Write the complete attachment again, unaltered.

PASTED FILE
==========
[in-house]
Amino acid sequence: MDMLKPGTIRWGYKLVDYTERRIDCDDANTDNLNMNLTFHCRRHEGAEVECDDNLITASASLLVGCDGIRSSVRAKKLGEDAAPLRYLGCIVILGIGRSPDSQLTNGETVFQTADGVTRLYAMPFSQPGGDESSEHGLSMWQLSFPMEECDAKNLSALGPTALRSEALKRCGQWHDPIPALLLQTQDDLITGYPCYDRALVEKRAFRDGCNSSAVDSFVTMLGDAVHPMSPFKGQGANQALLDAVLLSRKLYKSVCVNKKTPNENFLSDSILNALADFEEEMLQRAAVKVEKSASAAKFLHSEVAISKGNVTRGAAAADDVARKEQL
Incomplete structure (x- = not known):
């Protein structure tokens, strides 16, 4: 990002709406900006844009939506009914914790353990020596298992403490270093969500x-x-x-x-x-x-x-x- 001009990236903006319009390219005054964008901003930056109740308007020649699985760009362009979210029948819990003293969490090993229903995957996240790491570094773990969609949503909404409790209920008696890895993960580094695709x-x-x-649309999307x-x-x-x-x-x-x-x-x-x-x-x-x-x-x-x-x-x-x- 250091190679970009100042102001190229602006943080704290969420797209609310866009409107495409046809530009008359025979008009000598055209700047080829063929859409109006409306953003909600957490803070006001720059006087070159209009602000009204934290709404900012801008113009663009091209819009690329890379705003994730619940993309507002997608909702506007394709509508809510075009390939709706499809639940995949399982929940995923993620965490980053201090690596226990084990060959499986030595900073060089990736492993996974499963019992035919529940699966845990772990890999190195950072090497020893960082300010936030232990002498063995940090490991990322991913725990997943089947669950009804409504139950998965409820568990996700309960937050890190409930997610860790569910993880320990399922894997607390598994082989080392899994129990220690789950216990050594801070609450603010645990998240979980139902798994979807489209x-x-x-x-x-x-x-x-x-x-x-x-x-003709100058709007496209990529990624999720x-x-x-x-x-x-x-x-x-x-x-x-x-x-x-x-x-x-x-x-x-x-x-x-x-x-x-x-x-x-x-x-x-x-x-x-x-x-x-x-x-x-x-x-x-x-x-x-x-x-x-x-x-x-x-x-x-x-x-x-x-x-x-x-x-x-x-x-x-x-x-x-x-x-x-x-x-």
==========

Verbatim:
[in-house]
Amino acid sequence: MDMLKPGTIRWGYKLVDYTERRIDCDDANTDNLNMNLTFHCRRHEGAEVECDDNLITASASLLVGCDGIRSSVRAKKLGEDAAPLRYLGCIVILGIGRSPDSQLTNGETVFQTADGVTRLYAMPFSQPGGDESSEHGLSMWQLSFPMEECDAKNLSALGPTALRSEALKRCGQWHDPIPALLLQTQDDLITGYPCYDRALVEKRAFRDGCNSSAVDSFVTMLGDAVHPMSPFKGQGANQALLDAVLLSRKLYKSVCVNKKTPNENFLSDSILNALADFEEEMLQRAAVKVEKSASAAKFLHSEVAISKGNVTRGAAAADDVARKEQL
Incomplete structure (x- = not known):
């Protein structure tokens, strides 16, 4: 990002709406900006844009939506009914914790353990020596298992403490270093969500x-x-x-x-x-x-x-x- 001009990236903006319009390219005054964008901003930056109740308007020649699985760009362009979210029948819990003293969490090993229903995957996240790491570094773990969609949503909404409790209920008696890895993960580094695709x-x-x-649309999307x-x-x-x-x-x-x-x-x-x-x-x-x-x-x-x-x-x-x- 250091190679970009100042102001190229602006943080704290969420797209609310866009409107495409046809530009008359025979008009000598055209700047080829063929859409109006409306953003909600957490803070006001720059006087070159209009602000009204934290709404900012801008113009663009091209819009690329890379705003994730619940993309507002997608909702506007394709509508809510075009390939709706499809639940995949399982929940995923993620965490980053201090690596226990084990060959499986030595900073060089990736492993996974499963019992035919529940699966845990772990890999190195950072090497020893960082300010936030232990002498063995940090490991990322991913725990997943089947669950009804409504139950998965409820568990996700309960937050890190409930997610860790569910993880320990399922894997607390598994082989080392899994129990220690789950216990050594801070609450603010645990998240979980139902798994979807489209x-x-x-x-x-x-x-x-x-x-x-x-x-003709100058709007496209990529990624999720x-x-x-x-x-x-x-x-x-x-x-x-x-x-x-x-x-x-x-x-x-x-x-x-x-x-x-x-x-x-x-x-x-x-x-x-x-x-x-x-x-x-x-x-x-x-x-x-x-x-x-x-x-x-x-x-x-x-x-x-x-x-x-x-x-x-x-x-x-x-x-x-x-x-x-x-x-």